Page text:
So what can be done about TITB4B?
There have been some failed attempts to fix this. GUMSHOE (2007) for example touted itself as solving this problem for mystery games by having not only a Fortune based mechanic for clue finding but also a Karma based resolution. “Although it came up in playtest, I confess to being a little surprised by the idea that The Esoterrorists, by creating a mechanism to ensure that PCs in investigative games always get all the clues they need to start piecing the mystery together, encourages railroading. The GUMSHOE system doesn’t in fact change the inherent structure of investigative games at all. They are no more or less linear in GUMSHOE, on a structural level, than in a traditional procedural campaign using the roll-to-get-a-clue model,” wrote Robin Laws on his blog.
I have to admit I was a little surprised that he was a little surprised that his game received the same criticism previous mystery games had received since GUMSHOE does nothing to “change the inherent structure of investigative games.” I wondered it Mr. Laws had played Inspectres (2002)- a game that does change the inherent structure of mystery games and makes them non-linear, but in the comments section of his entry, he reveals that he had not.
The old paradigm was still alive: the GM writes the story (in this case a mystery) and the players play along finding the pre-arranged clues and breadcrumbs left by the GM. The fact that they could spend points to get the clues instead of whiffing endlessly on their rolls did, as Robin states, nothing to change heavy-handed, GM-centric nature of play despite being presented as a game that liberated the players from the traditional travails associated with mystery games.
However, there are several viable solutions to TITB4B. As with many things, it seems, in RPG theory, there are names for them: Trailblazing, Participationism, and Bass Play/Sandbox Play. I’ll get to these in another article which, I have a feeling, will be more pertinent to design. For now, the main thing that I hope people come away with from this article is that “the GM makes the story and the players decide what the characters do” is a nonsensical statement that should be avoided in gaming texts.
Friday, December 17, 2010
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This post is full of EPIC WIN.
:hunkers down to wait for part two:
Longtime forge refugee here.
Great post. With my longtime D&D group, they simply cannot understand the concept of The Impossible Thing.
Whenever I explain it, they keep saying a "good DM" should be able to take interesting suggestions and cater to player wants and pc wants (eg. fitting in player-written backstory and npcs) while still maintaining their own preplanned story.
In practice, I see time and again this DOES NOT WORK.
Yeah, for people who've been indoctrinated by TITB4B for many years, it can be hard to break loose of it. Despite the fact that it's complete non-sense, it can seem quite natural.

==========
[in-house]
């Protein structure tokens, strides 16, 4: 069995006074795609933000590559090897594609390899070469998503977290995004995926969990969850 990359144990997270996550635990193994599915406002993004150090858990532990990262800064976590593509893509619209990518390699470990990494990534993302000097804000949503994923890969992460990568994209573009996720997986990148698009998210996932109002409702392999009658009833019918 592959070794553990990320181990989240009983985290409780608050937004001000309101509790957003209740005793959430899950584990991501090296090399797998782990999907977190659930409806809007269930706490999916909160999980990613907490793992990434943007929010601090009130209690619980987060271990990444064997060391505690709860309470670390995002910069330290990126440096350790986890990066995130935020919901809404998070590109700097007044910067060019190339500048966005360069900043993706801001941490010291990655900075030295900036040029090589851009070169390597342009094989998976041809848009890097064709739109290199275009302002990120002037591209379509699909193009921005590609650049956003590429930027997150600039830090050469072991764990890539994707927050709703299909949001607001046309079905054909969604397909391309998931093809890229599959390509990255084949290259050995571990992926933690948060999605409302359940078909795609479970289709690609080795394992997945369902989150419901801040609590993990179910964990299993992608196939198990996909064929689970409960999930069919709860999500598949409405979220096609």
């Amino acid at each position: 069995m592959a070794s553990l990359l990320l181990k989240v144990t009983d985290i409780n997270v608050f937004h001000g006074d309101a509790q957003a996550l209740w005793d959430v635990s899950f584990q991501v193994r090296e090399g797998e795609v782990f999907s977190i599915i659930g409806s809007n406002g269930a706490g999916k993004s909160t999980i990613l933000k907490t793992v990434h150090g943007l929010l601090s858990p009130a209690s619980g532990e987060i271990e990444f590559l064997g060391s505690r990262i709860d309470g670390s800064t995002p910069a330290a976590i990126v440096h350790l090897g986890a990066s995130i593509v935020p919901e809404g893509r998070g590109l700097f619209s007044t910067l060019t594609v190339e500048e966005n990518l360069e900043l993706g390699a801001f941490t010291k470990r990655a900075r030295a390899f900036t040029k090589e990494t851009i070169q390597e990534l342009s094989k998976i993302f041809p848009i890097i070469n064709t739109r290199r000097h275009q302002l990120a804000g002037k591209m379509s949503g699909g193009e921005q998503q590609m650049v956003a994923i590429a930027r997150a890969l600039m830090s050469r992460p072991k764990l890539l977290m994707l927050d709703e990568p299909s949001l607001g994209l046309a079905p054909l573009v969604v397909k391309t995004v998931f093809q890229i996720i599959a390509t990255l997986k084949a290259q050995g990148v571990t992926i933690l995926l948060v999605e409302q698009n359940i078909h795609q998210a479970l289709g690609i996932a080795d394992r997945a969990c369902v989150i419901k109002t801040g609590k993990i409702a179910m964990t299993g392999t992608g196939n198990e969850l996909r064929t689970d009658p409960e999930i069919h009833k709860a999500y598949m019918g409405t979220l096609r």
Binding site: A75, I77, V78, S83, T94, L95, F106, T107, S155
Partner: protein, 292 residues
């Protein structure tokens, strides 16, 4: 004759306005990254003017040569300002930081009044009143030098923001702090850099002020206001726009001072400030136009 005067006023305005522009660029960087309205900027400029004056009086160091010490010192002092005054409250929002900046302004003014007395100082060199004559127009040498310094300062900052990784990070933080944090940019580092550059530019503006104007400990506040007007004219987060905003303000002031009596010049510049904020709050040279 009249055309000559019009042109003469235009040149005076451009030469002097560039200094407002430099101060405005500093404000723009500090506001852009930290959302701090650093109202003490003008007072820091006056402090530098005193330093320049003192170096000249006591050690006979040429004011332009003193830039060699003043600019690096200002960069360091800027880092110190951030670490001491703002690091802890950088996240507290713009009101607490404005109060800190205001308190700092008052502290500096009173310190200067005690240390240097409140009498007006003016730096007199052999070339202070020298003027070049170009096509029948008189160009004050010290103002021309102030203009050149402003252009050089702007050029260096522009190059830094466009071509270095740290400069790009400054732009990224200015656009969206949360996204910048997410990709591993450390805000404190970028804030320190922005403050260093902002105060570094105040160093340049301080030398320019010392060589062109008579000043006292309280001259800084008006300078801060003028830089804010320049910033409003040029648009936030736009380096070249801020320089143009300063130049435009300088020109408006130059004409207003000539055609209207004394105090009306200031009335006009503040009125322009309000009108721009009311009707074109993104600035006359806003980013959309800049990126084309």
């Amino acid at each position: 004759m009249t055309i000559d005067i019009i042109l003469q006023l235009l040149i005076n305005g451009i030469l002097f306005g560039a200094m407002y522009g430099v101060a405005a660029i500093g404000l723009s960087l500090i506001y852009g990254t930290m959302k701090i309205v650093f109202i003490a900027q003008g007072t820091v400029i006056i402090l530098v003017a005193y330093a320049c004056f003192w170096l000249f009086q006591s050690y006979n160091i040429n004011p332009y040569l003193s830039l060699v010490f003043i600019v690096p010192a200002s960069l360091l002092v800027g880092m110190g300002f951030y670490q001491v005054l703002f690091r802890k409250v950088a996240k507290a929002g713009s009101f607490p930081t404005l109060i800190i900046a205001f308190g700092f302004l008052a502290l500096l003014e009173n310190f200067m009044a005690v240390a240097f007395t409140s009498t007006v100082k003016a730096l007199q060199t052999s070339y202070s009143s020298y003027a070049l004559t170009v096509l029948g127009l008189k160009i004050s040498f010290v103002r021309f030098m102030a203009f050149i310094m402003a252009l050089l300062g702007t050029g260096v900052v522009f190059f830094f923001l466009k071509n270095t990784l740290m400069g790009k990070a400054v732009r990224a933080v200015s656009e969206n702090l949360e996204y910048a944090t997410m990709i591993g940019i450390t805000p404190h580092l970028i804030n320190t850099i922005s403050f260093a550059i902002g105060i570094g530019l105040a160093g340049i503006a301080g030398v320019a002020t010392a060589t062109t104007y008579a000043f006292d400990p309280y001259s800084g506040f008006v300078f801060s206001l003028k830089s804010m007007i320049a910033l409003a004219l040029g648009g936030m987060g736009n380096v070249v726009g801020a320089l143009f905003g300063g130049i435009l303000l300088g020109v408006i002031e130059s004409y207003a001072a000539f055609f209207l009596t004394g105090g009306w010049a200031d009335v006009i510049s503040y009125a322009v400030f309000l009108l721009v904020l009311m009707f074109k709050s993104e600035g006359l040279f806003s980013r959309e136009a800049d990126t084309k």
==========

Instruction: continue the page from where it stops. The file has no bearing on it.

TITB4B only really becomes a problem when the players start having conflicts with each other at the Social Contract level. Unfortunately, that seems to happen a lot with texts that aspouse things like Rule Zero and The Impossible Thing.
If they're happy with their gaming experiences, then I say leave 'em alone. But if they keep finding that their play is unfulfilling or that person-to-person conflicts frequently arise, then keep at it. One day they'll understand what you're saying :)
Isn't this all covered by the two ways to do things?
On one hand tools like Schrodinger's Plot Point and Chekov's Gun which deal with direct manipulation of what is important and what the players happen to find in relation to the context of the predefined story; On the other hand is the Tom Sawyer method where the players do the work of building the creation and story while the GM moderates action.
Troy: Thanks for the reply. My group may be too "set in stone" with their fixed notion of what an "rpg" is supposed to be like.
A couple times I ran a ripoff of Universalis and suddenly they "got it" and interesting game sessions happened.
But once I referred to it as an "rpg" and said now you are each responsible for one pc, they completely went into "my guy" mode.
To refer to another forum, maybe I should keep saying "Story games" instead of rpg!
Tony: I'm not familiar with your terminology.
Yeah, Tony. I think DiTV and Inspectres fit your two catagories quite well. In part two of this article, I'll go into more detail on those styles.
Ken, I agree. Sometimes using the word Story Games is better than saying RPG. In my particular area, if I say RPG, people think of WoW or EverQuest.
It's clear that Troy never played T & T or even read the rules. I"m not buying his analysis or history of role-playing at all.
Care to point out where I'm wrong?
Hi, Troy— I posted a comment a while back, but it seems to have gotten caught in Blogger's spam filter. The only problem I had with your analysis of T&T was that Tunnels & Trolls was designed without any reference to or familiarity with miniature wargaming. Ken St. Andre looked at original D&D and couldn't make heads or tails of it, so he designed a game that made sense to him. T&T combat is handled entirely without any interest in simulationism, and with a lot more focus on fictional positioning than classical D&D.